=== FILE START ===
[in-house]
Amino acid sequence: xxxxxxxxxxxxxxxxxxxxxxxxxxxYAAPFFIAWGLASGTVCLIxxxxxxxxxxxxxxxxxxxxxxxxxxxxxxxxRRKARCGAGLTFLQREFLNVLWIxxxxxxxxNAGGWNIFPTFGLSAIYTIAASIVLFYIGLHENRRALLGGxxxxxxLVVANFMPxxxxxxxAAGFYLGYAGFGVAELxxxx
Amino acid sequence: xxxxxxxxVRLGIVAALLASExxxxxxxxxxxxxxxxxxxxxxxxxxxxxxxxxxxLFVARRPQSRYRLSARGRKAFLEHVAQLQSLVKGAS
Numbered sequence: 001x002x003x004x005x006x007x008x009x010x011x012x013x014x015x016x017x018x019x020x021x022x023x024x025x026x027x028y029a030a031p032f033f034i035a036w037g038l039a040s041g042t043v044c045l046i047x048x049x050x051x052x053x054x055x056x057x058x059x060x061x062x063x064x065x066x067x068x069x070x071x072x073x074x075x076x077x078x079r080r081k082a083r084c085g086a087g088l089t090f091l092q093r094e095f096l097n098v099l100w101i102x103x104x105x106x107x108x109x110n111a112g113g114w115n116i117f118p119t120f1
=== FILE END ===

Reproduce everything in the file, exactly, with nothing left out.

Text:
[in-house]
Amino acid sequence: xxxxxxxxxxxxxxxxxxxxxxxxxxxYAAPFFIAWGLASGTVCLIxxxxxxxxxxxxxxxxxxxxxxxxxxxxxxxxRRKARCGAGLTFLQREFLNVLWIxxxxxxxxNAGGWNIFPTFGLSAIYTIAASIVLFYIGLHENRRALLGGxxxxxxLVVANFMPxxxxxxxAAGFYLGYAGFGVAELxxxx
Amino acid sequence: xxxxxxxxVRLGIVAALLASExxxxxxxxxxxxxxxxxxxxxxxxxxxxxxxxxxxLFVARRPQSRYRLSARGRKAFLEHVAQLQSLVKGAS
Numbered sequence: 001x002x003x004x005x006x007x008x009x010x011x012x013x014x015x016x017x018x019x020x021x022x023x024x025x026x027x028y029a030a031p032f033f034i035a036w037g038l039a040s041g042t043v044c045l046i047x048x049x050x051x052x053x054x055x056x057x058x059x060x061x062x063x064x065x066x067x068x069x070x071x072x073x074x075x076x077x078x079r080r081k082a083r084c085g086a087g088l089t090f091l092q093r094e095f096l097n098v099l100w101i102x103x104x105x106x107x108x109x110n111a112g113g114w115n116i117f118p119t120f1